For the second year in a row, the City and Borough of Juneau received a perfect score on the Human Rights Campaign’s 2022 Municipality Equality Index scorecard, an assessment that explores municipal governments’ inclusivity to LGBTQ+ people in the community it serves. Of the more than 500 cities that were assessed, each was rated by its non-discrimination laws, the municipality as an employer, municipal services, law enforcement and leadership on LGBTQ+ equality.
“I’d say we’re really pleased and proud,” said Robert Barr, deputy city manager for the City and Borough of Juneau.
Juneau was the only city out of the seven Alaska cities assessed to receive a perfect score, and a part of the only 120 cities to receive a perfect score out of the more than 500 assessed. Of the six other cities assessed, the city of Homer received a 37, Fairbanks a 64, Anchorage an 81 Ketchikan a 52, Sitka a 38 and Wisalla earning a 42.
“This takes effort — a 100 on the MEI is truly an achievement to be proud of,” said Sarah Warbelow, legal director for the Human Rights Campaign. “It demonstrates the city took seriously the needs of the LGBTQ community and took proactive steps to create a welcoming environment for LGBTQ people.”
Back in 2016, Juneau became the second city in the state to adopt an ordinance barring discrimination based on sexual orientation or gender expression. Today, CBJ continues to be one of the few municipalities across Alaska that have codified protections for LGBTQ+ people, joined by Anchorage, Ketchikan and Sitka.
Currently, the state of Alaska does not have any codified nondiscrimination protections for LGBTQ+ people in the state, despite legislation repeatedly being introduced in each legislative session for more than a decade.
Barr said the city is committed to placing equality at the forefront of local police and a topic city officials remain interested in furthering and city officials are always ready to engage with residents about it.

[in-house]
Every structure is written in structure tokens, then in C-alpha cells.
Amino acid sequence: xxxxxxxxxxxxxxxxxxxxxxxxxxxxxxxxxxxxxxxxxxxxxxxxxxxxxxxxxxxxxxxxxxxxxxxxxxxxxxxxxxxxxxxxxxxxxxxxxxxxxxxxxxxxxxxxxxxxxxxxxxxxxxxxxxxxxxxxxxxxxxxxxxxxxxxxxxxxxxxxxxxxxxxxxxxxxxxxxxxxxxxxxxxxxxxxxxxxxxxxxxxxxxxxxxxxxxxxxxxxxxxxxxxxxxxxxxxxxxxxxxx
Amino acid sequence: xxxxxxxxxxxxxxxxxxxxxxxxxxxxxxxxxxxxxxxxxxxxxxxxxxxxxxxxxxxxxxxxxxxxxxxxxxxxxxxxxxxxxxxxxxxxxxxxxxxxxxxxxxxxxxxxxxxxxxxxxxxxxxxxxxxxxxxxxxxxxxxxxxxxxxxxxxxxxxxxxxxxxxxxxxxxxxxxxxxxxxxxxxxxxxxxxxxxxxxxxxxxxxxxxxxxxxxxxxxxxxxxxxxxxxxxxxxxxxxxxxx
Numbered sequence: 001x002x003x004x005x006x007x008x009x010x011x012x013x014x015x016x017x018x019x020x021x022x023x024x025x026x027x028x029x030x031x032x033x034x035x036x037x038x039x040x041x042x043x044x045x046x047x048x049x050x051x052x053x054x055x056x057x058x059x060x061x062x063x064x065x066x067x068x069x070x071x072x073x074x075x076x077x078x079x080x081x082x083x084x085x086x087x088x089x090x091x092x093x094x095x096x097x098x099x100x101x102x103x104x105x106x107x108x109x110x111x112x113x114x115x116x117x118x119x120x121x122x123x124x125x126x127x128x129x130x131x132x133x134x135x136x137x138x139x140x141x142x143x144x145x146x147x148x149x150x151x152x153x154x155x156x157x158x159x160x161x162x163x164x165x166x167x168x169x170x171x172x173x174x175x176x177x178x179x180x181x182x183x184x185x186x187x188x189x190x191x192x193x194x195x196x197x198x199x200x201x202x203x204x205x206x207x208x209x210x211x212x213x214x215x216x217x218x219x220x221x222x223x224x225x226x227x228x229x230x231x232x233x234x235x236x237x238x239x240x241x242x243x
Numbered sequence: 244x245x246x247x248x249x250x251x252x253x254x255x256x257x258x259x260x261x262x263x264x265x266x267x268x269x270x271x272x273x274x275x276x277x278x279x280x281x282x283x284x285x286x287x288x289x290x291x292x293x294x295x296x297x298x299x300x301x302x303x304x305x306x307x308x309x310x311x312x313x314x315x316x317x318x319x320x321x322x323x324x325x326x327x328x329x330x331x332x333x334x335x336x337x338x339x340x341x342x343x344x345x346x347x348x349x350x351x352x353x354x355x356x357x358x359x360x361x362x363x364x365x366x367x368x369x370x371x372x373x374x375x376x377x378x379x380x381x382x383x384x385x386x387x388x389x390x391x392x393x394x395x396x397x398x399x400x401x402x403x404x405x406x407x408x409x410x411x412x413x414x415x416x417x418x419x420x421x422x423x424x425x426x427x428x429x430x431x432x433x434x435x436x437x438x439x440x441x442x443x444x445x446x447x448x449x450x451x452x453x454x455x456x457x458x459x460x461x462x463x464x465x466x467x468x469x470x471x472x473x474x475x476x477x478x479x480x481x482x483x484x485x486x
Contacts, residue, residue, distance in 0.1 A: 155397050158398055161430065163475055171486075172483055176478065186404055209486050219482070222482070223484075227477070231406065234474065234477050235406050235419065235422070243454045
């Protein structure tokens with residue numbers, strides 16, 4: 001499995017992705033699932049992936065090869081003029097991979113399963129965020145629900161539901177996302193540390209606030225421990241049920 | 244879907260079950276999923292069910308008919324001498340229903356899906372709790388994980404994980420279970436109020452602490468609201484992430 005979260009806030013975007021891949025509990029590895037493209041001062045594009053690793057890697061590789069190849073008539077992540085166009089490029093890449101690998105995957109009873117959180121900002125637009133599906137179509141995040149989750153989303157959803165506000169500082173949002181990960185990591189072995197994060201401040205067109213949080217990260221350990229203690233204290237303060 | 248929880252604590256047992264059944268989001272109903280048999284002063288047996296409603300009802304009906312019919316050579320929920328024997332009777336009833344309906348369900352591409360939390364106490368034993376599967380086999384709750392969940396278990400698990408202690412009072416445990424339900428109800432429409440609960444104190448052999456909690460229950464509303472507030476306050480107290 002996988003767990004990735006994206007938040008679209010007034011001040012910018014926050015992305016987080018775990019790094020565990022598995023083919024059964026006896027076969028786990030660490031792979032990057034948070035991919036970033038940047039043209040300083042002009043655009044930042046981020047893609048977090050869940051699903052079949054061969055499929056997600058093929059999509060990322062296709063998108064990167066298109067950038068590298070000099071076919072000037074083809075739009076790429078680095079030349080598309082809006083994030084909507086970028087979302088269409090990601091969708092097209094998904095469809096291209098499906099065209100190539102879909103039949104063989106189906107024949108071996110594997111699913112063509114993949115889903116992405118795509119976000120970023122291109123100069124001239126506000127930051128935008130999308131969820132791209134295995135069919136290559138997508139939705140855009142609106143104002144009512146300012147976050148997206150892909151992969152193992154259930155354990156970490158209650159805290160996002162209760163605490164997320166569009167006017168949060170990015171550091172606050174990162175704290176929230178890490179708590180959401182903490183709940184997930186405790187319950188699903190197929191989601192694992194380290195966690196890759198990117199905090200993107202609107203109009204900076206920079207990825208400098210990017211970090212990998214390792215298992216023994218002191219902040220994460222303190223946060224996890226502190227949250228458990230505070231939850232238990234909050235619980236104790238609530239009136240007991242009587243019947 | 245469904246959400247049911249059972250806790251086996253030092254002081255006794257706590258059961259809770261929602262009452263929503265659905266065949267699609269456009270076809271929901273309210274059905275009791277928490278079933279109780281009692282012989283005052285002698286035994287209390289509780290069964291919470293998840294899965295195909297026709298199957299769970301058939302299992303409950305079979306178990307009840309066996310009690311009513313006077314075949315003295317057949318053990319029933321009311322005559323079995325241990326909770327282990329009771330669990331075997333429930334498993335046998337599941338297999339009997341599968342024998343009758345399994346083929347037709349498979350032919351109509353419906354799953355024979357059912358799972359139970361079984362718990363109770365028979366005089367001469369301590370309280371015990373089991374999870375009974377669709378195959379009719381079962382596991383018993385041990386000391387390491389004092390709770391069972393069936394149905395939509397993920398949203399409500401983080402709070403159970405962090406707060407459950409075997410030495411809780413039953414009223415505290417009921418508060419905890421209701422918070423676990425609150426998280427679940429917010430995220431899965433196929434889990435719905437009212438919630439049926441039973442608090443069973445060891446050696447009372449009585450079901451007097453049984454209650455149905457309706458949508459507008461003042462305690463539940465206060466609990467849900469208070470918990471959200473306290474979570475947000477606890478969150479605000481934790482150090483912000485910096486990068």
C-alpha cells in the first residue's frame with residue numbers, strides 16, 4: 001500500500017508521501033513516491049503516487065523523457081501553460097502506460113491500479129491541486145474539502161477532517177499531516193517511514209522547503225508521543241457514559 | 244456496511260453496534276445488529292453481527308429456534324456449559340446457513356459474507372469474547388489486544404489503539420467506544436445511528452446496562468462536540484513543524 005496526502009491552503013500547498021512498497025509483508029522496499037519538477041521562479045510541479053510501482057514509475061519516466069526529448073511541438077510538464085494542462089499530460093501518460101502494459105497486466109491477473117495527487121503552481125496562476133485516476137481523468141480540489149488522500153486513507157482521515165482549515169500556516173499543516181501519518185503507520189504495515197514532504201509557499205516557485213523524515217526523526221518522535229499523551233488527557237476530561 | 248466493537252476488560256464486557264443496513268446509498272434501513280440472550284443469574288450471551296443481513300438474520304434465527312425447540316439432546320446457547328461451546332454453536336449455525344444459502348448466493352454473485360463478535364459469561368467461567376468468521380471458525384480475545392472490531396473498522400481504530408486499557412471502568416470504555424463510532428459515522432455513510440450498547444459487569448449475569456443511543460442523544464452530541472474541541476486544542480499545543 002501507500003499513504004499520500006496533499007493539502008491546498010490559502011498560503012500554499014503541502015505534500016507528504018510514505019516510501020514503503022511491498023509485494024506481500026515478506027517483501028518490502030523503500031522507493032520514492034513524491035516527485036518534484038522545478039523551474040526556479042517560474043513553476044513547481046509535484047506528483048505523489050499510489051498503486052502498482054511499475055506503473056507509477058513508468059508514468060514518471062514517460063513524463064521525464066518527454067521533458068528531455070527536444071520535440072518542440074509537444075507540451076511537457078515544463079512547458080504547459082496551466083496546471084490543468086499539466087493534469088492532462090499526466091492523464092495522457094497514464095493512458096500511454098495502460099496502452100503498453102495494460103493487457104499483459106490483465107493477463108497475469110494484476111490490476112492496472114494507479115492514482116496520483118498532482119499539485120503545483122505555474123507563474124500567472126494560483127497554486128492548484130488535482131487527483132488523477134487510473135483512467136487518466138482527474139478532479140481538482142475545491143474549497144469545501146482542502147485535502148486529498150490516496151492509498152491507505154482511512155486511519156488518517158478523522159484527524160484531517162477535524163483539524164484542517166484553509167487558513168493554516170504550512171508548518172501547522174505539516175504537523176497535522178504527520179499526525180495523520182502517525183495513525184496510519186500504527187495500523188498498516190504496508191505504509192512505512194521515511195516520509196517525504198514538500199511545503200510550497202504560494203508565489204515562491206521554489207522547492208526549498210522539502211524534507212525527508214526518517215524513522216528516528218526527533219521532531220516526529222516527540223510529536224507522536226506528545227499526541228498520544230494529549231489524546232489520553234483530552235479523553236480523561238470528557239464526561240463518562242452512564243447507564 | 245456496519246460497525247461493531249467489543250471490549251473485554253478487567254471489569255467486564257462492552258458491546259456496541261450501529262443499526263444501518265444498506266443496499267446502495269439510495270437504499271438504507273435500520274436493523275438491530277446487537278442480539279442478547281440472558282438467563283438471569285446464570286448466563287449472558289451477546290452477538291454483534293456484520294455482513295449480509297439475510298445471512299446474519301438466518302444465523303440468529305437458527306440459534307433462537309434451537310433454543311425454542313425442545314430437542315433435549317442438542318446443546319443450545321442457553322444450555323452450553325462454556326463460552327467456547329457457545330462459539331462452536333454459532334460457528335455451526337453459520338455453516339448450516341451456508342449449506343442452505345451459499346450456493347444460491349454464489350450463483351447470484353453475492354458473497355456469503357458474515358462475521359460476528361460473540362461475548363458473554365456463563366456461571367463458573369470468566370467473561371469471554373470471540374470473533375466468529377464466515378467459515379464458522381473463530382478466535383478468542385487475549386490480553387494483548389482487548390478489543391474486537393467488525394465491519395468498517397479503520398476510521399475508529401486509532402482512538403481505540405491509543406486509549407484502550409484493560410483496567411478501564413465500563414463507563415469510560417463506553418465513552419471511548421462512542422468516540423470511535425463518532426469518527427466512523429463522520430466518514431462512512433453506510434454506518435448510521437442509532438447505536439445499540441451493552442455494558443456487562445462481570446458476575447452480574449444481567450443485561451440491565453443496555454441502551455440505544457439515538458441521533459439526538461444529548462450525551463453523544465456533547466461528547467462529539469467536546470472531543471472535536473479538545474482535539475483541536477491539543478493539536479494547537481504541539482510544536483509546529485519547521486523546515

“We’re definitely interested in moving the needle,” Bar said. “We think it’s important to be explicit in law about protections for the people in our community.”
He said the city often talks to other Alaska municipalities about Juneau’s nondiscrimination legislation and willingly engages with state officials about city government’s impacts on the people within the borough.
Barr said he encourages people in the Juneau community to continue to reach out to the city if there are gaps in non-discrimination protections they’d like to see change.
Assembly member Michelle Bonnet Hale said she was “really proud of our community” and said she thinks that the high score reflects how welcoming and accepting the community that lives in Juneau is.
Michelle Bonnet Hale’s partner, Jane Hale, is a transgender columnist who shared her story by publicly coming out in a column published in the Juneau Empire this February. Michelle Bonnet Hale said she and her partner are grateful to be in such a welcoming community and the “incredible” policies both written and unwritten that were put into place by the prior Assembly. She said she thinks it’s far easier in Juneau than in most places for people to flourish as the person that they are.